In an embodiment, the invention provides cells differentiated in vitro from a canine embryonic stem cell of the invention. In addition, a committed progenitor cell capable of giving rise to a mature somatic cell is provided.

Embryonic stem cells or cells differentiated or derived therefrom according to the invention can be cultured either transiently or maintained as a cell line. Thus, the present invention also relates to a cell line comprising canine embryonic stem cells, or cells differentiated or derived therefrom.

Cells, cell lines, and cell preparations of the invention may be derived from or comprised of cells that have been genetically modified either in nature or by genetic engineering techniques in vivo or in vitro.

In an aspect of the invention a method is provided for producing canine embryonic stem cell lines that exhibit a canine embryonic cell phenotype.

The invention relates to a method for obtaining a purified canine embryonic cell line, comprising the steps of culturing inner cell mass (ICM) cells from a canine embryo under conditions to promote proliferation of undifferentiated cells. The method may additionally comprise inducing differentiation of the stem cells.

In an aspect of the invention a method is provided for obtaining cells exhibiting a canine embryonic stem cell phenotype. Cells exhibiting a canine embryonic stem cell phenotype may be isolated by (a) obtaining a canine embryo; (b) culturing inner cell mass (ICM) cells from the canine embryo under conditions which promote proliferation of undifferentiated stem cells; and (c) recovering stem cells.

In an aspect of the invention, the method comprises (a) isolating a canine embryo, (b) culturing the embryo in the presence of a feeder layer and one or more proliferation agents, (c) removing a blastocyst outgrowth and transferring to fresh feeder layers, and (d) selecting embryonic stem like cell colonies and subculturing the colonies. The invention also contemplates cell preparations or lines derived at all stages of development under the same culture conditions.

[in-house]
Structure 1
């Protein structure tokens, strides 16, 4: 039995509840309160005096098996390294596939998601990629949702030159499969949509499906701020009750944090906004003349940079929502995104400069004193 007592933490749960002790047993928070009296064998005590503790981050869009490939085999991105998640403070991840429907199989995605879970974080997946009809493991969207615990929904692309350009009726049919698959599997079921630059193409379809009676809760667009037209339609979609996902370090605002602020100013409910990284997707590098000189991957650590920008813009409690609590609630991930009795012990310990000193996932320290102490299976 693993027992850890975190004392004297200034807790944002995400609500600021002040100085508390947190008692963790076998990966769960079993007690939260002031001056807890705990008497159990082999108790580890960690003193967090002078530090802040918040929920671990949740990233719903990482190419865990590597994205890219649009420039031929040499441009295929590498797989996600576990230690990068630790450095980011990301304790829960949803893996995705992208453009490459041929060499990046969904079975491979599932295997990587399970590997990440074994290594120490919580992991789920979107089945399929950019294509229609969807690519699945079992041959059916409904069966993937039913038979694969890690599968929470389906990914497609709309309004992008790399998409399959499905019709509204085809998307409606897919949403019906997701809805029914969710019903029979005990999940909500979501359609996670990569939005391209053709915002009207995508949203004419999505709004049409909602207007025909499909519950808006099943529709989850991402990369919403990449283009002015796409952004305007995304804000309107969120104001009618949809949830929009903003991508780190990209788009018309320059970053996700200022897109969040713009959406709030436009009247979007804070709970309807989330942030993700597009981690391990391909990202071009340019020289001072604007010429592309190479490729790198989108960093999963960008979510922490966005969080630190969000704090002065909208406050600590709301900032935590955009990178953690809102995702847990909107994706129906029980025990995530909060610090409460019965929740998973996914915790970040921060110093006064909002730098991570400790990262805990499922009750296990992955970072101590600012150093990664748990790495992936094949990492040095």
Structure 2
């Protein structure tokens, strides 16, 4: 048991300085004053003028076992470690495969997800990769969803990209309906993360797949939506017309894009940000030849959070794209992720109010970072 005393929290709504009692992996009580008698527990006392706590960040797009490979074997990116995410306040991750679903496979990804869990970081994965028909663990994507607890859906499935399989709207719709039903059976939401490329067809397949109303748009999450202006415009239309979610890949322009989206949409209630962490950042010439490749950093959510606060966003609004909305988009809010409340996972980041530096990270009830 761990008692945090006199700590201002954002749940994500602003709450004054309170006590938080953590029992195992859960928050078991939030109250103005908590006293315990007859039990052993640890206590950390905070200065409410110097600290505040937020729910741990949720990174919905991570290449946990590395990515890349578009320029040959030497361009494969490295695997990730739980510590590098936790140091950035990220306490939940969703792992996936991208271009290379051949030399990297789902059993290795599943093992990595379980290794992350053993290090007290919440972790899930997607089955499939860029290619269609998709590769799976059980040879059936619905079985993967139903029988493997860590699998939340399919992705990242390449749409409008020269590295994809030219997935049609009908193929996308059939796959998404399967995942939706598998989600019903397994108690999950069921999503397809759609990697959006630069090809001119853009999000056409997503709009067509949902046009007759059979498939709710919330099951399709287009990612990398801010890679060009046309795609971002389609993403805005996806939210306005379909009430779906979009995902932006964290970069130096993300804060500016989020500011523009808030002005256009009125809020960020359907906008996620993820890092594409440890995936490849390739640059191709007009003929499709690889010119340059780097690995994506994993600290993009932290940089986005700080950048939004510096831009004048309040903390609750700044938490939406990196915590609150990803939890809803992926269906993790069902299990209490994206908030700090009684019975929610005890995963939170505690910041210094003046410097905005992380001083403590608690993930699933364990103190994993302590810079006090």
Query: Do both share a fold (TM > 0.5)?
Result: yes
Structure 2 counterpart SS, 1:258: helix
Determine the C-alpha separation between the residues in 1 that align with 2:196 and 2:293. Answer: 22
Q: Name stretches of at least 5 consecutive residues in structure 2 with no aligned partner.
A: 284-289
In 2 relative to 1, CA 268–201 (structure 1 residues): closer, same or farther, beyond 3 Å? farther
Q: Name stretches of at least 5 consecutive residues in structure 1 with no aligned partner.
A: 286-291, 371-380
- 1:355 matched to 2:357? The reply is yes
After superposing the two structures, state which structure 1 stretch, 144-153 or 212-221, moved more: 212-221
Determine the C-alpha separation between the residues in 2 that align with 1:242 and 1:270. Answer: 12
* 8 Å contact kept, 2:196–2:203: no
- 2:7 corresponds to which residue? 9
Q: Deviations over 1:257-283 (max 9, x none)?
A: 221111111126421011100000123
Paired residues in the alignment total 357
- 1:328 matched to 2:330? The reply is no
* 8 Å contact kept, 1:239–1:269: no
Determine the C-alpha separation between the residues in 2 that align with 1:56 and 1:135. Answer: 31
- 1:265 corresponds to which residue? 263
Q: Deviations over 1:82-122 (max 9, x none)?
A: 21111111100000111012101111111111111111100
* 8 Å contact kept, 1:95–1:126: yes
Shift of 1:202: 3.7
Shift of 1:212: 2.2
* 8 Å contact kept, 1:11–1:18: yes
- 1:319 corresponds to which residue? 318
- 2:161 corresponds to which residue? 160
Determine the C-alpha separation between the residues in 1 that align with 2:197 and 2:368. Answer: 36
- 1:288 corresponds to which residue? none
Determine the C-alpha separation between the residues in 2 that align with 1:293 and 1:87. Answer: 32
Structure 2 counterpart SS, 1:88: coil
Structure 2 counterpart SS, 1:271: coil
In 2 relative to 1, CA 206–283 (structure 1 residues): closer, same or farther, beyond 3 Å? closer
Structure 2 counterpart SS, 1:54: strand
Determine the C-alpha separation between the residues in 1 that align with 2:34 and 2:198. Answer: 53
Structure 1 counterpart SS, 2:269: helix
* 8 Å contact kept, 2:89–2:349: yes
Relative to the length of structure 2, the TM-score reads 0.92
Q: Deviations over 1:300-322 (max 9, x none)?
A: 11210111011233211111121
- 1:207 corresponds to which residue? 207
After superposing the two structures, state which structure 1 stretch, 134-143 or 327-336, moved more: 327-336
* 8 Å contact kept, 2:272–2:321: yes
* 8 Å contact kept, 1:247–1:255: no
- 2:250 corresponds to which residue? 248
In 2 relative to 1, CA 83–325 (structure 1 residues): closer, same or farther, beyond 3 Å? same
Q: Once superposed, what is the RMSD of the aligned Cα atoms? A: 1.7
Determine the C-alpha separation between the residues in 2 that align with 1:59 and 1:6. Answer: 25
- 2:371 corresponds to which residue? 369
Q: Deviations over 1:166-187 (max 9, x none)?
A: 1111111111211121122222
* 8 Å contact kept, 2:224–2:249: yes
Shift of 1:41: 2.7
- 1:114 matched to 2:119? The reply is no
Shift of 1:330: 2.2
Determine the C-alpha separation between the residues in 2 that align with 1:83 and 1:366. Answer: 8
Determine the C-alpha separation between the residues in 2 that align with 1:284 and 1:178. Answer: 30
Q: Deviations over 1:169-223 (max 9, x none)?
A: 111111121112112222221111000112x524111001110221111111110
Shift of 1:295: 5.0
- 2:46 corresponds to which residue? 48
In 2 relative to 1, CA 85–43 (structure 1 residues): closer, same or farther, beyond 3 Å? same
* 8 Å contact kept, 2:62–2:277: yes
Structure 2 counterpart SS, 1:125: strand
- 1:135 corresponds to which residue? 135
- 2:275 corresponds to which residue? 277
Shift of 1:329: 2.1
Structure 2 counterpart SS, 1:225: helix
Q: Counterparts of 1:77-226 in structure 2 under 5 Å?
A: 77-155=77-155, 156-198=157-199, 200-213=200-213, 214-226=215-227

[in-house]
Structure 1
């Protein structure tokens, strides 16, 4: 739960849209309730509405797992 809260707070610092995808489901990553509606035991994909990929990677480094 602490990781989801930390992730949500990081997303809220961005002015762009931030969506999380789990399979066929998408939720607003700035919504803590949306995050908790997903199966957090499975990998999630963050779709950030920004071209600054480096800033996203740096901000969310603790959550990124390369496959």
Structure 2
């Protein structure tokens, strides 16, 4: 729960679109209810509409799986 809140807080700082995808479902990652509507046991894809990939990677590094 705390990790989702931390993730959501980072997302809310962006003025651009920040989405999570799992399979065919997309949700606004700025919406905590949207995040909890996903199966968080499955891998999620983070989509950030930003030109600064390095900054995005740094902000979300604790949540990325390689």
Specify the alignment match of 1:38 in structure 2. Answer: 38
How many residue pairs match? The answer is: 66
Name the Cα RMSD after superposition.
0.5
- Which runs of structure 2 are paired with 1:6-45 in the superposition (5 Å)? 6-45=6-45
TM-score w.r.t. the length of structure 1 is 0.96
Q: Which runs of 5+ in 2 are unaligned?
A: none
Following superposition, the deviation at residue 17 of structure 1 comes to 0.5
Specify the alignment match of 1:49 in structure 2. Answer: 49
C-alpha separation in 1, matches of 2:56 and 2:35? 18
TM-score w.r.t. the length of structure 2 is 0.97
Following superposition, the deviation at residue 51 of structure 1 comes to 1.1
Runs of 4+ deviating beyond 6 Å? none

In an embodiment of the invention, a method of producing cells exhibiting a canine embryonic stem cell phenotype is provided comprising: (a) obtaining a canine embryo at a morula to expanded blastocyst stage; (b) removing inner cell mass (ICM) cells from the canine embryo; (c) culturing ICM cells in the presence of a feeder layer and one or more proliferation agent to promote proliferation of undifferentiated stem cells; and (c) recovering stem cells. The method may additionally comprise removing an outgrowth comprising ES-like cell colonies, dissociating the outgrowth, transferring to fresh feeders for expansion of colony numbers and selecting embryonic stem cell like colonies and culturing the colonies.

Stem cells obtained using a method of the invention may be passaged for several months in culture.

The invention also contemplates embryonic stem cells isolated from in vitro treatment of canine blastocysts. The invention further contemplates canine embryonic stem cells produced by a method of the invention. The resulting stem cells preferably resemble canine embryonic cells in morphology, biochemical histotype and in pluripotencty.

The invention also provides canine transgenic cells, cell lines, or tissues using the canine embryonic stem cells of the invention.

Stem cells of the invention may be used in genetic transformation techniques and may be used in the creation of embryos and to produce a genetically transformed animal by embryo transfer. Thus, the invention further provides an embryo (preferably an early stage embryo, for example, a morula to expanded blastocyst) to which has been introduced one or more canine embryonic stem cells of the invention; an embryonic stem cell to which has been introduced by nuclear transfer a nucleus of an embryonic stem cell of the invention; and a chimeric animal which is the progeny of such a blastocyst or embryonic stem cell.

In an aspect the invention provides a method comprising introducing by nuclear transfer into an embryonic cell a nucleus of a stem cell of the invention.

In another aspect the invention provides a method comprising introducing to the uterus of a pseudo-pregnant foster mother animal a viable embryo obtained using a blastocyst comprising one or more stem cells according to the invention, or an embryonic cell comprising a nucleus of a stem cell according to the invention.